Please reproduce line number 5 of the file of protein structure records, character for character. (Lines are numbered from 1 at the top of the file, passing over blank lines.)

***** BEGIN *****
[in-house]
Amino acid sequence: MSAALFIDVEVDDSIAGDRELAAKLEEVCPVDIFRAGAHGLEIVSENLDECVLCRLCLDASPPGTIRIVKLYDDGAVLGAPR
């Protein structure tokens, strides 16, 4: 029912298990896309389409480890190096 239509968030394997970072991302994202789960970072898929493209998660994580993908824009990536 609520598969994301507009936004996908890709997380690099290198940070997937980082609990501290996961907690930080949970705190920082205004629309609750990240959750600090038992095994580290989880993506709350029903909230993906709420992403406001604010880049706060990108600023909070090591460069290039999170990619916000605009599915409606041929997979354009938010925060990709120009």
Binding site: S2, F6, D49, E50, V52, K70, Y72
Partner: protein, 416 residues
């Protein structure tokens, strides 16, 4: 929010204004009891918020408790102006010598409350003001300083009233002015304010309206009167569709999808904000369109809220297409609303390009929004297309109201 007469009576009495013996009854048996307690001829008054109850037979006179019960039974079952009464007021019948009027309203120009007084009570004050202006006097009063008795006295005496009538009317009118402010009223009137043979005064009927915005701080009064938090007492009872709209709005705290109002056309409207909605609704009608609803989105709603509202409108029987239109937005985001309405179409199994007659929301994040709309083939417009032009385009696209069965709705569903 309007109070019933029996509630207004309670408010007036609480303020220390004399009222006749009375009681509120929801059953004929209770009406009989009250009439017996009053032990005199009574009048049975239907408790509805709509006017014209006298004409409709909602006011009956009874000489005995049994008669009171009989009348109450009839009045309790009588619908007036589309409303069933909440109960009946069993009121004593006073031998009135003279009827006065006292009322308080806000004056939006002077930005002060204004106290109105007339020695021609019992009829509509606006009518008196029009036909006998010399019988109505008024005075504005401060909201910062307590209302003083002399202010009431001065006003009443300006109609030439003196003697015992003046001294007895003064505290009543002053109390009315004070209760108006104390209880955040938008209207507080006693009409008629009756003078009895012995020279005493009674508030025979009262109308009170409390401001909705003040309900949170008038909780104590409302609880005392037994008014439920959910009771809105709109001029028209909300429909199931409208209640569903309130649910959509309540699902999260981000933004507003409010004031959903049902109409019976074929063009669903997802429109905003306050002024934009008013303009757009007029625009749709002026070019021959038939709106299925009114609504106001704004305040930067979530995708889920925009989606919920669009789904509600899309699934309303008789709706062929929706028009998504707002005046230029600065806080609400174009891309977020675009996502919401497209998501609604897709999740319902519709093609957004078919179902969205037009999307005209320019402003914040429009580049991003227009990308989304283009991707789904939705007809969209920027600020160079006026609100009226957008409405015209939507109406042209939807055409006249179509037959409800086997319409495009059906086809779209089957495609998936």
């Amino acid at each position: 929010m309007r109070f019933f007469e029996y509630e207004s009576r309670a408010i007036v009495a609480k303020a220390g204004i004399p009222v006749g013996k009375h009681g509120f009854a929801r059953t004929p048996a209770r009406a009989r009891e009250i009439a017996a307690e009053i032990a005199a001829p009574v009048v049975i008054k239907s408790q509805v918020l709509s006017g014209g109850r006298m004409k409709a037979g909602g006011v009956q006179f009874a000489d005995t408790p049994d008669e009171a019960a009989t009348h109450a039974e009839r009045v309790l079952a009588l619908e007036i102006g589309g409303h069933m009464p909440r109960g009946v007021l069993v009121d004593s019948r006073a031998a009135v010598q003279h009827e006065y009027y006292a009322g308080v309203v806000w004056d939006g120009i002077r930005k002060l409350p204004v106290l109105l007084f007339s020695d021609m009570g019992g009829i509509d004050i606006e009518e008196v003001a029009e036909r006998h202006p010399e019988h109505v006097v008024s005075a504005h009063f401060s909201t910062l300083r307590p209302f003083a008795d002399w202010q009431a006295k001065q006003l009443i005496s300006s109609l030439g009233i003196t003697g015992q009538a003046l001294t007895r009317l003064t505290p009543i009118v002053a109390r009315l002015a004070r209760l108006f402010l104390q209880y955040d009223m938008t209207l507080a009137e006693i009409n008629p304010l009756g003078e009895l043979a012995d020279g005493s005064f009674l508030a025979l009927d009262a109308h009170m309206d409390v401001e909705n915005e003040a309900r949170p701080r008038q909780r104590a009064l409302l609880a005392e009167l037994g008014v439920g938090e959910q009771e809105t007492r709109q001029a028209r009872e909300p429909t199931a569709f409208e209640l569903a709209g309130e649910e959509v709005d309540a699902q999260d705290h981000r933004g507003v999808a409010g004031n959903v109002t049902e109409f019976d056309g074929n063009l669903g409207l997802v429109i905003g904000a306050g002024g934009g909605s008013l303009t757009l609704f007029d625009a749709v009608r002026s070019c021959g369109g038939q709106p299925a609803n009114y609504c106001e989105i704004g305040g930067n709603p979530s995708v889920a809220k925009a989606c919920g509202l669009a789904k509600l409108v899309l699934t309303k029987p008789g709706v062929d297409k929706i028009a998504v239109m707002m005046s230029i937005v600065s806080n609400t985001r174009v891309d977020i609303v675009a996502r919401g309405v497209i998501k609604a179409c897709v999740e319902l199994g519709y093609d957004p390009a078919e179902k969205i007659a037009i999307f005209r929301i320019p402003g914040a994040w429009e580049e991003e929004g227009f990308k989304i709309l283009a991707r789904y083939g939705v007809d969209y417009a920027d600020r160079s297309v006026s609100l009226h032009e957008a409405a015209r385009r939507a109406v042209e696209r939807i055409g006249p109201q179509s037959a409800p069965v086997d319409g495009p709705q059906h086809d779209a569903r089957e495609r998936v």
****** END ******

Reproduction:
Partner: protein, 416 residues